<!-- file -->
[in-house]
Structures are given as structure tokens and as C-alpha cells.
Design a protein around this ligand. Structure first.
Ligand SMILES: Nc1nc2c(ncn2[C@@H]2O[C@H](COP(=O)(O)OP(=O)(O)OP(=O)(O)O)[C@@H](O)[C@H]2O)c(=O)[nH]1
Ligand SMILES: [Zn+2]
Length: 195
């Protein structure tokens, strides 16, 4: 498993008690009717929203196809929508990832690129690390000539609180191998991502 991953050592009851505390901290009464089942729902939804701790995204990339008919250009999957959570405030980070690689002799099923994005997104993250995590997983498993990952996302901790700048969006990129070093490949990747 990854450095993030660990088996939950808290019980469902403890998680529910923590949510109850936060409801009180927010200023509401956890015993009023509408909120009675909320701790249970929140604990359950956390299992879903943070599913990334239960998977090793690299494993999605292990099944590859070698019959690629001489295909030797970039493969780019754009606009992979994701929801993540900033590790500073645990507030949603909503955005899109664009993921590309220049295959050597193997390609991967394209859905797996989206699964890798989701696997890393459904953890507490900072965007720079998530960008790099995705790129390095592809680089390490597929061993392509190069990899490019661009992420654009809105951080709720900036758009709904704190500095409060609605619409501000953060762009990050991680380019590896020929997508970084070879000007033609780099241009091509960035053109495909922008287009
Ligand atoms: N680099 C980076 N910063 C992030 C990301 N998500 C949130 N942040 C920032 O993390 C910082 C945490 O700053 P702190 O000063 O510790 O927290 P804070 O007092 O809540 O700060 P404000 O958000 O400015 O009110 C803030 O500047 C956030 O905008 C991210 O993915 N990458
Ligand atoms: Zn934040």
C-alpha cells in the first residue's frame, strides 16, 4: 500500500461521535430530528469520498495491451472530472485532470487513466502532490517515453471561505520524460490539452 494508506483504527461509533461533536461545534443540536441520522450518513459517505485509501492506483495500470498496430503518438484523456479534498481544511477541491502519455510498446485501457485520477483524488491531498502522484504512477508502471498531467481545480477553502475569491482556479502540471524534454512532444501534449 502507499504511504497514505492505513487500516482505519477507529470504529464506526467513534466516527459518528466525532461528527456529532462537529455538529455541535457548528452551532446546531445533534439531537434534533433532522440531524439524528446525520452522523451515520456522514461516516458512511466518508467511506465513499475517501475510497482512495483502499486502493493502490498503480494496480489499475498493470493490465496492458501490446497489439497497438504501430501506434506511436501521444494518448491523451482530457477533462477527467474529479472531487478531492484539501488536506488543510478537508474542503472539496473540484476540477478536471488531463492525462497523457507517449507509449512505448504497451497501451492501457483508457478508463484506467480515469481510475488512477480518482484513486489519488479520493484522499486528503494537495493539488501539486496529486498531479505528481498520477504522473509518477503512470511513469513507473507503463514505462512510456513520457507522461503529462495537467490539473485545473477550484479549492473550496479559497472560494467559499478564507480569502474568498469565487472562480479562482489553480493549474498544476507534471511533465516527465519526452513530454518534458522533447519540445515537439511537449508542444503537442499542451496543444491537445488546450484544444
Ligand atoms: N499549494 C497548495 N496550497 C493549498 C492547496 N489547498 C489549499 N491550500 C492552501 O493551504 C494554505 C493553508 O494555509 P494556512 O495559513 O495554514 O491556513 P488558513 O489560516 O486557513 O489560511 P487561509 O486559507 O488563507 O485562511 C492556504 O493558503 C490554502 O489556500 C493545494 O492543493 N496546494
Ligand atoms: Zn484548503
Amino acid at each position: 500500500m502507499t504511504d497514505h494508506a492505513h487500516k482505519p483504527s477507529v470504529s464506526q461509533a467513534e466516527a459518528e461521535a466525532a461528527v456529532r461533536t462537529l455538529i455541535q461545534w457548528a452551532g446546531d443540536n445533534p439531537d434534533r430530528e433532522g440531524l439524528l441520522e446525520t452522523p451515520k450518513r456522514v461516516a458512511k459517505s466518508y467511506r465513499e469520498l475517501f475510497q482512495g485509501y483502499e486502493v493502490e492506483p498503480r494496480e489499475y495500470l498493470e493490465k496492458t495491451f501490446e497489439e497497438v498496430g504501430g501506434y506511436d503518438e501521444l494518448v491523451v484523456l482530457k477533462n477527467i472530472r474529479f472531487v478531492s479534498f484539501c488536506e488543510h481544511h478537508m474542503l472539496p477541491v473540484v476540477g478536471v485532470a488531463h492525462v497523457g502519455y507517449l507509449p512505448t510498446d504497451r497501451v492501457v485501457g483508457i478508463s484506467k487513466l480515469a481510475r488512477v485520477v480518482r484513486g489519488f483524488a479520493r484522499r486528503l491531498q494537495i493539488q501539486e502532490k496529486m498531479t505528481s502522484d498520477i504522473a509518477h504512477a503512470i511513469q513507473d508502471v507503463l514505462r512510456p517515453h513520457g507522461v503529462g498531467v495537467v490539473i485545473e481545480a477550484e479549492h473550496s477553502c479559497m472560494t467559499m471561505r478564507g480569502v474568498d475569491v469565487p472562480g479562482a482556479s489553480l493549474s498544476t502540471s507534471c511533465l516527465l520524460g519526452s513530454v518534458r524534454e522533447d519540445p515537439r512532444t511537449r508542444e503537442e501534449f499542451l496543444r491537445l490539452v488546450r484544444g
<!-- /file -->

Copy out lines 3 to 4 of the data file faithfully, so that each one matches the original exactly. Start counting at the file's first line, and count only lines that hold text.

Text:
Design a protein around this ligand. Structure first.
Ligand SMILES: Nc1nc2c(ncn2[C@@H]2O[C@H](COP(=O)(O)OP(=O)(O)OP(=O)(O)O)[C@@H](O)[C@H]2O)c(=O)[nH]1